Ben Breit, Airbnb Midwest Public Affairs
Phone: (847) 274-5456
Airbnb: Delivers $114,000 in tax revenue to Green Bay in first year of agreement
GREEN BAY, WI — Airbnb, the world’s leading community driven hospitality company, announced today that it delivered over $114,000 in home sharing tax revenue on behalf of its Green Bay hosts in the first year of its tax agreement with the city, far exceeding initial projections.
In July 2017, Airbnb announced a tax agreement with Green Bay, authorizing the home sharing platform to automatically collect the 10% Green Bay room tax on behalf of its host community and remit the revenue directly to the city. That agreement took effect August 1, 2017, infusing a new revenue stream for the city to fully capitalize on more people visiting Green Bay and staying longer through home sharing — and ahead of the 2017 football season.
At the time of the 2017 partnership, Airbnb noted that “Based on past year figures, Airbnb conservatively expects it will annually collect and remit at least $55,000 on behalf of its Green Bay host community.” The $114,000 in revenue nearly doubled those projections. This is largely due to continued growth among the local Airbnb community in the city and throughout Wisconsin. Throughout the duration of the tax agreement, over 7,400 guests have experienced Green Bay, representing 57% year-over-year growth.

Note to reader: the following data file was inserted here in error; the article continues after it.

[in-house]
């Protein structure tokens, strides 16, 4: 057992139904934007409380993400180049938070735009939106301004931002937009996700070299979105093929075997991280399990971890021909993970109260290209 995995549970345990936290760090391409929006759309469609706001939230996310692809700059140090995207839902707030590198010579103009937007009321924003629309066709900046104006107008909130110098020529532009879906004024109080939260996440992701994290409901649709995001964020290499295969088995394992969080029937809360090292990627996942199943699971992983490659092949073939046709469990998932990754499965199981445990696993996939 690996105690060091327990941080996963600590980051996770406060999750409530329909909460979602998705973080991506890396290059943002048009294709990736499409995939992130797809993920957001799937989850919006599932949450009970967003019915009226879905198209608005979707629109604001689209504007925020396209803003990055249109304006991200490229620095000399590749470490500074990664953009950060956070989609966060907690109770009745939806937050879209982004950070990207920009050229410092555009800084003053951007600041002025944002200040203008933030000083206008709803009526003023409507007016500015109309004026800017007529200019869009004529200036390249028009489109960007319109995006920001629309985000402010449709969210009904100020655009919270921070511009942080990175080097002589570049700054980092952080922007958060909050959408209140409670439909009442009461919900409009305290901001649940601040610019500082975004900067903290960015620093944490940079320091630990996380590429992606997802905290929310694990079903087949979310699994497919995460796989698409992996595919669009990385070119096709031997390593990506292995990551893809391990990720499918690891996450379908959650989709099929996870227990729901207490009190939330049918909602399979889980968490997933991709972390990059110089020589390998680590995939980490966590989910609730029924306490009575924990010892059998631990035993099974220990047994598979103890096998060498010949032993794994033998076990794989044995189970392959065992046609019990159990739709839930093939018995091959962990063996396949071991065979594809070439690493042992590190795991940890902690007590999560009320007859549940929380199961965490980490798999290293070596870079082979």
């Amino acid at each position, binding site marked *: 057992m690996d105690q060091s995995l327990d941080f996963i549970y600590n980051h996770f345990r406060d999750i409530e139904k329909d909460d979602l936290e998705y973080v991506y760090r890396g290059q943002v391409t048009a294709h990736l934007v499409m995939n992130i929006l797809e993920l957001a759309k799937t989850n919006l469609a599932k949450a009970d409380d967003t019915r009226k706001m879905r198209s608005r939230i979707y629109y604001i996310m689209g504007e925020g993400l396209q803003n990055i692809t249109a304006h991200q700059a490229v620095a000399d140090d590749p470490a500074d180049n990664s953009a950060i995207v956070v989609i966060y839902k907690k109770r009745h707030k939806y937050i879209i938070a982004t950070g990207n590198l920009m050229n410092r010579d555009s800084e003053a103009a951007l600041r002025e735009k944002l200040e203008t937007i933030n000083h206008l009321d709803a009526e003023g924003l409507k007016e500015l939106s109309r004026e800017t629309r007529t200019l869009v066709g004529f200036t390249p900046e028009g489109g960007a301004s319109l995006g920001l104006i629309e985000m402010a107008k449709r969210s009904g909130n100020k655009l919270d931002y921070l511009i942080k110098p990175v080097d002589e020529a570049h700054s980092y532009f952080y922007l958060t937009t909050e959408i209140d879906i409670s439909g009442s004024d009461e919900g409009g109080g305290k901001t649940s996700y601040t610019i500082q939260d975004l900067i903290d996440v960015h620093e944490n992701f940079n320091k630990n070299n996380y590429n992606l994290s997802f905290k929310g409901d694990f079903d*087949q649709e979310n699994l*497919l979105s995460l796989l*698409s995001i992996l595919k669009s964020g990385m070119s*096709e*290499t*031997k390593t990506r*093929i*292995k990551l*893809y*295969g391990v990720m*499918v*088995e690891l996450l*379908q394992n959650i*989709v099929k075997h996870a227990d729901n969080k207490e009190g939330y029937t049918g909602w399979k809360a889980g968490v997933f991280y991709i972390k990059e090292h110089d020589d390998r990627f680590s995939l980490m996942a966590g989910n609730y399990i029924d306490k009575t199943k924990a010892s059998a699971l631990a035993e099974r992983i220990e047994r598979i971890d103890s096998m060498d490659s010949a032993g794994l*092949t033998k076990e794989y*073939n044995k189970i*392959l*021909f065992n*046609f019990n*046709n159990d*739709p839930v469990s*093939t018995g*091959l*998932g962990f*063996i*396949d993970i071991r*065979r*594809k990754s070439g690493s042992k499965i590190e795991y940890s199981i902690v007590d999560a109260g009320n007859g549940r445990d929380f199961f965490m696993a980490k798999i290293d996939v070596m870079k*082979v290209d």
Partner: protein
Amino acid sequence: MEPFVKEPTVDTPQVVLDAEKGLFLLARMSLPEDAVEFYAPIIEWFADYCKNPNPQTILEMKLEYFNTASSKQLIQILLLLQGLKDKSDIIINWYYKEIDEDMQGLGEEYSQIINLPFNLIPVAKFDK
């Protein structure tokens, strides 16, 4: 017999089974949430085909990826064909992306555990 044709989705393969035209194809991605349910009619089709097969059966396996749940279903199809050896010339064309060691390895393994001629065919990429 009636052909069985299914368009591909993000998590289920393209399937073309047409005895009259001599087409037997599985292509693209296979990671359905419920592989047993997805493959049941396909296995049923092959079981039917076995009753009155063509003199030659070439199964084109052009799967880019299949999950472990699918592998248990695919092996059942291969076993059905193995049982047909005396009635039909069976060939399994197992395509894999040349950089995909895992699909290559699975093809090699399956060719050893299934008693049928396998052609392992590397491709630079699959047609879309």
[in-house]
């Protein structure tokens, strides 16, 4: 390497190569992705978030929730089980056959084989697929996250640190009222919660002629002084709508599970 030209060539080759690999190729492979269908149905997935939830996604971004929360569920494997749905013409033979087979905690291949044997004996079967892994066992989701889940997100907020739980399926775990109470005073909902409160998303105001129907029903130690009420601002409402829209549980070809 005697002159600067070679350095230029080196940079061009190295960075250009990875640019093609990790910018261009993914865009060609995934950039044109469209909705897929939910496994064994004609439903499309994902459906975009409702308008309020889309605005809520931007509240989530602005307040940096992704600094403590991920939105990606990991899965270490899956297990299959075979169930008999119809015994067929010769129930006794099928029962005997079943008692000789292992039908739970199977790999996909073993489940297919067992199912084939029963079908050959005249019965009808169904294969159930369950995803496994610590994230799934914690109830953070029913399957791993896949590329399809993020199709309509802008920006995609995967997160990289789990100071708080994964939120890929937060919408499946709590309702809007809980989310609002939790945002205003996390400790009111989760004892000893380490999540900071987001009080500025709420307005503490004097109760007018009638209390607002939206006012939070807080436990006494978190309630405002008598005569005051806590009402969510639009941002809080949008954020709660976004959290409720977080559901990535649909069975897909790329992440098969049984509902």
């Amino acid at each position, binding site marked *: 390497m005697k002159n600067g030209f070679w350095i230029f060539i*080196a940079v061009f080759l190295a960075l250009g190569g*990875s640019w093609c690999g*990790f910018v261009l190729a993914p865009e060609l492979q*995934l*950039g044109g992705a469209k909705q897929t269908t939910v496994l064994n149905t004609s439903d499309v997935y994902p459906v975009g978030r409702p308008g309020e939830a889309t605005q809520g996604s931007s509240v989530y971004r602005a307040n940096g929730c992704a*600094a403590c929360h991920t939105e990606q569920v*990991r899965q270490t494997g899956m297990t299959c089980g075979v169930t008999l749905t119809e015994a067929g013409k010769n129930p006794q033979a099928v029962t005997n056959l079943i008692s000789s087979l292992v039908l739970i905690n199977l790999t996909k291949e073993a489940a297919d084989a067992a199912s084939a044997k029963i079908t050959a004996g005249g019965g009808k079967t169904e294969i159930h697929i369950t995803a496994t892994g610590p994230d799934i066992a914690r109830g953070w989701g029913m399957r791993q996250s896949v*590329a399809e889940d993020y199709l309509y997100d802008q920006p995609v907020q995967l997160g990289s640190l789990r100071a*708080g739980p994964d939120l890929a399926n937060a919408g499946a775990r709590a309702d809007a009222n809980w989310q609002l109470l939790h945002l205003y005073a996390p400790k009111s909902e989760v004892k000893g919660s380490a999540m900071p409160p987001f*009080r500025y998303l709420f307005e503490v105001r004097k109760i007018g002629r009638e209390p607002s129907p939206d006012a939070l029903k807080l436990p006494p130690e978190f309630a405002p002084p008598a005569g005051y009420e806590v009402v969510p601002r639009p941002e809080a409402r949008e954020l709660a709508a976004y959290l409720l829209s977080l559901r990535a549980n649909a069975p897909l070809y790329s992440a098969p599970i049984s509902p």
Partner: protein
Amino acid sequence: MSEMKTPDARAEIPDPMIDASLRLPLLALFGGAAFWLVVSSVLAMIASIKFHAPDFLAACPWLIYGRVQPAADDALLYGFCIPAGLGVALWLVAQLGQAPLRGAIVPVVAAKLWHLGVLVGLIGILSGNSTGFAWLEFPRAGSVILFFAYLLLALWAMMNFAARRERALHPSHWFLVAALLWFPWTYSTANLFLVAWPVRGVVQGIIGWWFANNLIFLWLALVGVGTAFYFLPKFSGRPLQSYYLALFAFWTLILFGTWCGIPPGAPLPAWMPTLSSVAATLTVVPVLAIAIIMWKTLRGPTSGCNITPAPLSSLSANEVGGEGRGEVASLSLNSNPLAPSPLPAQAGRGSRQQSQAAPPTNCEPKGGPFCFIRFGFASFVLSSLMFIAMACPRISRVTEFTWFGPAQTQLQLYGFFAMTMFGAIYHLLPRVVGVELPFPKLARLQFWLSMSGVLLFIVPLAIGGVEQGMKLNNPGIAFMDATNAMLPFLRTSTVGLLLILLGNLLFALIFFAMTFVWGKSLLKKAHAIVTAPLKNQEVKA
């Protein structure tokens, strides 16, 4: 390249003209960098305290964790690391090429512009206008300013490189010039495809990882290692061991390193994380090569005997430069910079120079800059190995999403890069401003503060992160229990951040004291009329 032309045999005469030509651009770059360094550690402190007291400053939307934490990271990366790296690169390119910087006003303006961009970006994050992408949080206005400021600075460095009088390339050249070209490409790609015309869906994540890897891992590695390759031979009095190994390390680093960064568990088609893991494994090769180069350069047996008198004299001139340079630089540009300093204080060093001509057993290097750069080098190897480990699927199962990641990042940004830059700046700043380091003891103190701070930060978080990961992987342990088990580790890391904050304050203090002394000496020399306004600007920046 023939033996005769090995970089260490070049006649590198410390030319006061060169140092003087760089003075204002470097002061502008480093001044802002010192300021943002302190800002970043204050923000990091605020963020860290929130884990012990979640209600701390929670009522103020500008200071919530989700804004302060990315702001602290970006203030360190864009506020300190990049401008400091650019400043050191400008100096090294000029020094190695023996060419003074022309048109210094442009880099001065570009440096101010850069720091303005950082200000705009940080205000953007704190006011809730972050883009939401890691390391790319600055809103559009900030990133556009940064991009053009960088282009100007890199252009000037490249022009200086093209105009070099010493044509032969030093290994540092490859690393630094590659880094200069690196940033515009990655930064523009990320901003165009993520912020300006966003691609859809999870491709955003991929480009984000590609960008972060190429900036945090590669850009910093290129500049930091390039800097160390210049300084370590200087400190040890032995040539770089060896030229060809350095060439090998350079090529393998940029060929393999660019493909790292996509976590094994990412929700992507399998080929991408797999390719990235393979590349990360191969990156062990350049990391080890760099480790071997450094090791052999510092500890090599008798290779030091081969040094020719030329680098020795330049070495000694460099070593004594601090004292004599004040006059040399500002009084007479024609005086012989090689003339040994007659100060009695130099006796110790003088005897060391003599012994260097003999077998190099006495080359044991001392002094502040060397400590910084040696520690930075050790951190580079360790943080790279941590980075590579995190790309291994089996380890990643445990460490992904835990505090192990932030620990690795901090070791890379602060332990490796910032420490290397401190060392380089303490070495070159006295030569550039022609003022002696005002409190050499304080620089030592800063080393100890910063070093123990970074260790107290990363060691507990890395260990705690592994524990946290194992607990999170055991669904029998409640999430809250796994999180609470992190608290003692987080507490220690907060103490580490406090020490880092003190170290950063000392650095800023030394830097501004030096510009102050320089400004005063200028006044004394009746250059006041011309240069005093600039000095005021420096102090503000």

This comes as the Green Bay host community welcomes the largest influx of Airbnb guests in the history of the platform, as the Packers welcome the 49ers this evening. This past weekend (through Monday), Green Bay Airbnb hosts have welcomed a record 900 guests while earning a combined $385,000 in supplemental income. 30% of the guests over this stretch are from California.
In addition to the tax agreement with Green Bay, Airbnb also has agreements in place to collect and remit taxes for the cities of Madison and Racine. And through a tax agreement with the Wisconsin Department of Revenue, Airbnb collects and remits the state sales tax on all Wisconsin bookings.
Statewide data indicates that Airbnb and its host community appear to be complementing — rather than competing with — the Wisconsin hotel industry. Reports from Wisconsin Hotel & Lodging Association demonstrate that Wisconsin hotel occupancy rates, daily prices and revenue have grown steadily, in parallel to Airbnb’s growth. This suggests that Airbnb is opening up the state to a new slice of prospective tourists by catering to travelers less able to afford hotels, those who desire to stay in neighborhoods or cities that lack hotels, and families who prefer to be together under one roof.